Israeli attacks on Gaza journalists violated rules of war, rights group says

JERUSALEM (JTA) — Israeli attacks on media facilities in Gaza, and the killing of two Palestinian cameramen, during last month’s conflict violated the laws of war, Human Rights Watch said.

In a report issued Thursday, the New York-based human rights organization said Israel violated international humanitarian law, or the laws of war, during Operation Pillar of Defense, under which journalists and media workers are civilians and therefore immune from attack unless they are directly participating in hostilities.

Two Palestinian cameramen working for al-Aksa TV, the media arm of the terrorist group Hamas, were killed by an Israeli pinpoint attack on their car on Nov. 20. The Israeli media said they were Hamas operatives.

In addition, Israel’s Air Force bombed two office tower housing the offices of several international and local news services, including, Sky News, Press TV, Kuwait TV, Rusiya Al-Yaum and ITN. The Israeli military said it was targeting Hamas communications systems on the roof of the building, and charged Hamas with using journalists as human shields.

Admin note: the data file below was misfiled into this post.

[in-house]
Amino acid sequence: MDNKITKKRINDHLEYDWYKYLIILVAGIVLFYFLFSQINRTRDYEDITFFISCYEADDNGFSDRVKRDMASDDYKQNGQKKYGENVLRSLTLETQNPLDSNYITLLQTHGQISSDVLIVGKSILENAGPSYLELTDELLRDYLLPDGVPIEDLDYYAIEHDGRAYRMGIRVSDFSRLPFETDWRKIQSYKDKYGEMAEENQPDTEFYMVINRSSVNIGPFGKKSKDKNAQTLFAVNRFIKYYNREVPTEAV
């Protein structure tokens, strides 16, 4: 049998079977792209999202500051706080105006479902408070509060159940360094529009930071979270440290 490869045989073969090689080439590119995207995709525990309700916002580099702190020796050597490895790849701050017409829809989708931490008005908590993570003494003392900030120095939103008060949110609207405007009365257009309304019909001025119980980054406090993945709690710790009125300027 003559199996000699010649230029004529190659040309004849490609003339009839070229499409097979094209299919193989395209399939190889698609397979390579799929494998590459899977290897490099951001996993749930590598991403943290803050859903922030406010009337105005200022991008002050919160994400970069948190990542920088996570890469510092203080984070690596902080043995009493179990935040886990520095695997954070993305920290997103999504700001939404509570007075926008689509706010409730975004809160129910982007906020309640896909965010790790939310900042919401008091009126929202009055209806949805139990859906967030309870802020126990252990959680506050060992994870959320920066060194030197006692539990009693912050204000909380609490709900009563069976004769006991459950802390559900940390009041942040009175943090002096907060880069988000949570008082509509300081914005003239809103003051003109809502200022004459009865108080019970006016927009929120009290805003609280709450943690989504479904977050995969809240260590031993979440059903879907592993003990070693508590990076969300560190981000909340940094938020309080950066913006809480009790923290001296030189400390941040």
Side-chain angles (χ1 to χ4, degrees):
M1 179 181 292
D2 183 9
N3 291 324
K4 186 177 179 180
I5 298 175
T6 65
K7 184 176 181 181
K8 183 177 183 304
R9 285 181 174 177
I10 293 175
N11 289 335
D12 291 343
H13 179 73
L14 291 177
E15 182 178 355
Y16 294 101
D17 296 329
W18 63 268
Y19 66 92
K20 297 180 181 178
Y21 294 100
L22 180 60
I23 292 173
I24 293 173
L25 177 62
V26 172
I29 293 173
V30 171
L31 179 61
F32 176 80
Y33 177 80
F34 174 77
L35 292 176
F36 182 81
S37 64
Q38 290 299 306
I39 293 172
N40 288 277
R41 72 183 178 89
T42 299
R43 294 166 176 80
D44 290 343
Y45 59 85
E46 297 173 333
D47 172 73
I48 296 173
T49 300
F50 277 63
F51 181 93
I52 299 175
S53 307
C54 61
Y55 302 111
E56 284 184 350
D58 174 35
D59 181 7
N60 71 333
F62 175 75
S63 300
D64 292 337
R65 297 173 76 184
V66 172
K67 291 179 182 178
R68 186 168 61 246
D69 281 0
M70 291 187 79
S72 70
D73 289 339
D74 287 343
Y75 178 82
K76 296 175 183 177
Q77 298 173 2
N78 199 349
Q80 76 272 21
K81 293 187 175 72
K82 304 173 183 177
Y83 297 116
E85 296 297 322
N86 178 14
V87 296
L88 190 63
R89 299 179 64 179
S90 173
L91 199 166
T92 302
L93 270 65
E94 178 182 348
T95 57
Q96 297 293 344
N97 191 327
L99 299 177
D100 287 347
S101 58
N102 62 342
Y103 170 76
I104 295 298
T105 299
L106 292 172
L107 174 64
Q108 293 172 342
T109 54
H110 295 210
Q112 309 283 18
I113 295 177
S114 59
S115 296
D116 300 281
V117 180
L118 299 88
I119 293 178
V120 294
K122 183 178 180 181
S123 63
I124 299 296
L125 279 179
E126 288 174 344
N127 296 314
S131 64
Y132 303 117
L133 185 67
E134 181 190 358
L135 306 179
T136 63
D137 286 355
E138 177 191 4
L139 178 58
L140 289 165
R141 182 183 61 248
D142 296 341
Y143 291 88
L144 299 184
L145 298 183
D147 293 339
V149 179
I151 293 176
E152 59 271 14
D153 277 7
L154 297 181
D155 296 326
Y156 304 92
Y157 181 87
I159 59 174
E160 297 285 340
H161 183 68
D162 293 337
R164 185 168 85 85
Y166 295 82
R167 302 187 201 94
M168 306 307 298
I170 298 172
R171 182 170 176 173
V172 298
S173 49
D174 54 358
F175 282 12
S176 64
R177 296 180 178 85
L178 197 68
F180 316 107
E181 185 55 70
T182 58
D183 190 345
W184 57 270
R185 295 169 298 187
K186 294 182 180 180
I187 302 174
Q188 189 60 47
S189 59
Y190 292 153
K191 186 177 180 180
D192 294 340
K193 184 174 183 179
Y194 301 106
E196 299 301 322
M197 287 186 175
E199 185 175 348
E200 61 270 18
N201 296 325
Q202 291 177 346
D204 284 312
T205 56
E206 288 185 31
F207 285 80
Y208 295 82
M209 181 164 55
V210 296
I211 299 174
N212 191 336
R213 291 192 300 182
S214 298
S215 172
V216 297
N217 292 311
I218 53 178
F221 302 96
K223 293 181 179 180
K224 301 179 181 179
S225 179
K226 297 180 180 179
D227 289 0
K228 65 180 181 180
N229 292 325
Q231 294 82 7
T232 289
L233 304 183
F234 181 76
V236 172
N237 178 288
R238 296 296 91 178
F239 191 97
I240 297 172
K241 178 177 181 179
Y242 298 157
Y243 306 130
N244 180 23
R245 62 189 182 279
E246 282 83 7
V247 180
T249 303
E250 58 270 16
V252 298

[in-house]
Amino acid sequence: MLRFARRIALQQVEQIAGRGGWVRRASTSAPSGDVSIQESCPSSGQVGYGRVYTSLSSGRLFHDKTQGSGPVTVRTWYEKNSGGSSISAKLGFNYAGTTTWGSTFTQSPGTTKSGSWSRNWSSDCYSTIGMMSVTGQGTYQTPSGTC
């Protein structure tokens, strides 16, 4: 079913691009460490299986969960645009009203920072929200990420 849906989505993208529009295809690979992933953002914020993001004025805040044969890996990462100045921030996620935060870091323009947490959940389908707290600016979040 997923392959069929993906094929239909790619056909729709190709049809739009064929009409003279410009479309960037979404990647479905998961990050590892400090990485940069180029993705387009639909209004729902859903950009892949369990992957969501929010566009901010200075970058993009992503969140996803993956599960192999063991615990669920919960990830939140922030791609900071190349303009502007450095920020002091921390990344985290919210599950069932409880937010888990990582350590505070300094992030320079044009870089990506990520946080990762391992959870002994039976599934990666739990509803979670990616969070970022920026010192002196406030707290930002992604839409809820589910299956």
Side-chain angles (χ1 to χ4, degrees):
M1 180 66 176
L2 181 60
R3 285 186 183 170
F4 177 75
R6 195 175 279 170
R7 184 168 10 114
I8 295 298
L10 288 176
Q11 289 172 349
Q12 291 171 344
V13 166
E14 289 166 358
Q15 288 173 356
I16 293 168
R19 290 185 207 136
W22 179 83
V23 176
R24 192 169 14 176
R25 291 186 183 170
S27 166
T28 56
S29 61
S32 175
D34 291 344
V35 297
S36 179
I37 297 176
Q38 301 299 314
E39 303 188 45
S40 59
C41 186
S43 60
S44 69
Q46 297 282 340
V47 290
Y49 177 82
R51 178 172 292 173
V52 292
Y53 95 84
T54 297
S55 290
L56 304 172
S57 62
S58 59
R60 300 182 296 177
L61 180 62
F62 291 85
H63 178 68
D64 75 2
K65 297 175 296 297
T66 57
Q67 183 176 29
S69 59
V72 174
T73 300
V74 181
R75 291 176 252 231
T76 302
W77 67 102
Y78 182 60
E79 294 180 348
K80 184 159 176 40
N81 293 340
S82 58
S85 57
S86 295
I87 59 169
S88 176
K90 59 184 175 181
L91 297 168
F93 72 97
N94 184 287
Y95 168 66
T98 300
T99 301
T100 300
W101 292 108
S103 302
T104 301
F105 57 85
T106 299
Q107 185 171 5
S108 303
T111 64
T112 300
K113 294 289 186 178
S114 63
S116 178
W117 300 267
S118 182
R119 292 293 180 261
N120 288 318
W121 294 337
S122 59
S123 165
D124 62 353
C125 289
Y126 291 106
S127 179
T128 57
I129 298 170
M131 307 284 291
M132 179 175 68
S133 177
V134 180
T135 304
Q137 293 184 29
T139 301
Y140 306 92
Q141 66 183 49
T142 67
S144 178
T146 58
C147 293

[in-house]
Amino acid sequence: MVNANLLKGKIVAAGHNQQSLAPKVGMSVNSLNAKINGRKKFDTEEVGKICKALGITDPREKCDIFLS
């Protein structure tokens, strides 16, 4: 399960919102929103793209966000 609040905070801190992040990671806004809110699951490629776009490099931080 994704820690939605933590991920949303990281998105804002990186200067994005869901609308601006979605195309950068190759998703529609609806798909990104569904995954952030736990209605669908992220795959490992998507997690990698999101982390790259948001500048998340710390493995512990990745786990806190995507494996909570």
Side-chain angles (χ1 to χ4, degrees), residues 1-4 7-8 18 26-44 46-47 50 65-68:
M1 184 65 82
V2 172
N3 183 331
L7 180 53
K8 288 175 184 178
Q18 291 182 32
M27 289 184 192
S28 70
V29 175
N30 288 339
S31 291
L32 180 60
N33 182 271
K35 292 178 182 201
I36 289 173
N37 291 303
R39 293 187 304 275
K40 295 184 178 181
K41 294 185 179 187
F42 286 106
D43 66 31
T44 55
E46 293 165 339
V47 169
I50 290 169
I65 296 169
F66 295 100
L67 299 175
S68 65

“Just because Israel says a journalist was a fighter or a TV station was a command center does not make it so,” Sarah Leah Whitson, Middle East director at Human Rights Watch, said in a statement on the organization’s website. “Journalists who praise Hamas and TV stations that applaud attacks on Israel may be propagandists, but that does not make them legitimate targets under the laws of war.”

According to Human Rights Watch, under international law, television and radio stations are considered civilian objects protected from attack unless they are used to make an “effective contribution to military action” and their destruction in the specific circumstances offers “a definite military advantage.”
 

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